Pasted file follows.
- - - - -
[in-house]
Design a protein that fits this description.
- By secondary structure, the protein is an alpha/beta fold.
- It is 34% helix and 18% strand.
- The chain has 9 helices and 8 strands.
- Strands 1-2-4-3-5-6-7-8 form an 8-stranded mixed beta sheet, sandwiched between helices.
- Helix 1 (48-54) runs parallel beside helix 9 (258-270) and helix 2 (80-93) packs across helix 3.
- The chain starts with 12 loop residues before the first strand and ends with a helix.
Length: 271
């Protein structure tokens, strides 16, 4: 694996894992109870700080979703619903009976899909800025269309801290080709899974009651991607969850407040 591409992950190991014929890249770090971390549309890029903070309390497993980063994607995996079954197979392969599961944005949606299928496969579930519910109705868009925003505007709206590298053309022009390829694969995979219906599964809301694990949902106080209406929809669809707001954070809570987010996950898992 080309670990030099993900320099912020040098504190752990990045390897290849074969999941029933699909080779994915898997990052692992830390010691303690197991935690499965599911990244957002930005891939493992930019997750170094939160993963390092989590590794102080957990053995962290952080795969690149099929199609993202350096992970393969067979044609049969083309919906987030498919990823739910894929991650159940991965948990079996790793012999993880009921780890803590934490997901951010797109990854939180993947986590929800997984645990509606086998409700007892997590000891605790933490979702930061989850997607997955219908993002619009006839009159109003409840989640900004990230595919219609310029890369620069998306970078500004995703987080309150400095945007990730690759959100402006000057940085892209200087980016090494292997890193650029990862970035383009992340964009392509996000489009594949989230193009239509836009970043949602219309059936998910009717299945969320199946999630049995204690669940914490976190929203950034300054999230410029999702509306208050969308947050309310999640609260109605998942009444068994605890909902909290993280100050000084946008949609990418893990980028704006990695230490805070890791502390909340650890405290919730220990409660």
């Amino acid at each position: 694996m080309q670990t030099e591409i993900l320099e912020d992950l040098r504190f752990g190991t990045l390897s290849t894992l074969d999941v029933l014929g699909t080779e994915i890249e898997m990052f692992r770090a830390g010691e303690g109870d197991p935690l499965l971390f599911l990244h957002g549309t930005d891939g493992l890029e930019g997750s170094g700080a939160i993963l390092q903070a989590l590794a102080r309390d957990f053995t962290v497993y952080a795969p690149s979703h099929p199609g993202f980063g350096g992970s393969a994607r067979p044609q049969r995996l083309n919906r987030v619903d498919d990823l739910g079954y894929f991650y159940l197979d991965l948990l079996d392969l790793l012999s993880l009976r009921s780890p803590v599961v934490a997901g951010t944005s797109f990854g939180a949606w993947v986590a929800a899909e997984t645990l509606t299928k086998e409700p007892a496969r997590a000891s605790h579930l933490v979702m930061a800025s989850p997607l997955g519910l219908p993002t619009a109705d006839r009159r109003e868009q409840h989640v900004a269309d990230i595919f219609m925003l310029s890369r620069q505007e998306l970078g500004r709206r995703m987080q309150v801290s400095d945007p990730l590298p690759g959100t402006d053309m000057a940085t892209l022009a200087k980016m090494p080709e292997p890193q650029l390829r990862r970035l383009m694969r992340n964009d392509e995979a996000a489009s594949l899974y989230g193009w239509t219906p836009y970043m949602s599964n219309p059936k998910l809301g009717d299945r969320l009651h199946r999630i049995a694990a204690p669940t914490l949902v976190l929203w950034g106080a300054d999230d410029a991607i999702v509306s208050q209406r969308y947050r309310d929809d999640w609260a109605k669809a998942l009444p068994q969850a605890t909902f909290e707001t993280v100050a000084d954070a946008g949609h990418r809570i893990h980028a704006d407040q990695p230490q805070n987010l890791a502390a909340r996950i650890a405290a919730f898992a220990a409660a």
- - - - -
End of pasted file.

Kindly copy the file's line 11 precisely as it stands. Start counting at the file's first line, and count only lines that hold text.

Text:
């Amino acid at each position: 694996m080309q670990t030099e591409i993900l320099e912020d992950l040098r504190f752990g190991t990045l390897s290849t894992l074969d999941v029933l014929g699909t080779e994915i890249e898997m990052f692992r770090a830390g010691e303690g109870d197991p935690l499965l971390f599911l990244h957002g549309t930005d891939g493992l890029e930019g997750s170094g700080a939160i993963l390092q903070a989590l590794a102080r309390d957990f053995t962290v497993y952080a795969p690149s979703h099929p199609g993202f980063g350096g992970s393969a994607r067979p044609q049969r995996l083309n919906r987030v619903d498919d990823l739910g079954y894929f991650y159940l197979d991965l948990l079996d392969l790793l012999s993880l009976r009921s780890p803590v599961v934490a997901g951010t944005s797109f990854g939180a949606w993947v986590a929800a899909e997984t645990l509606t299928k086998e409700p007892a496969r997590a000891s605790h579930l933490v979702m930061a800025s989850p997607l997955g519910l219908p993002t619009a109705d006839r009159r109003e868009q409840h989640v900004a269309d990230i595919f219609m925003l310029s890369r620069q505007e998306l970078g500004r709206r995703m987080q309150v801290s400095d945007p990730l590298p690759g959100t402006d053309m000057a940085t892209l022009a200087k980016m090494p080709e292997p890193q650029l390829r990862r970035l383009m694969r992340n964009d392509e995979a996000a489009s594949l899974y989230g193009w239509t219906p836009y970043m949602s599964n219309p059936k998910l809301g009717d299945r969320l009651h199946r999630i049995a694990a204690p669940t914490l949902v976190l929203w950034g106080a300054d999230d410029a991607i999702v509306s208050q209406r969308y947050r309310d929809d999640w609260a109605k669809a998942l009444p068994q969850a605890t909902f909290e707001t993280v100050a000084d954070a946008g949609h990418r809570i893990h980028a704006d407040q990695p230490q805070n987010l890791a502390a909340r996950i650890a405290a919730f898992a220990a409660a």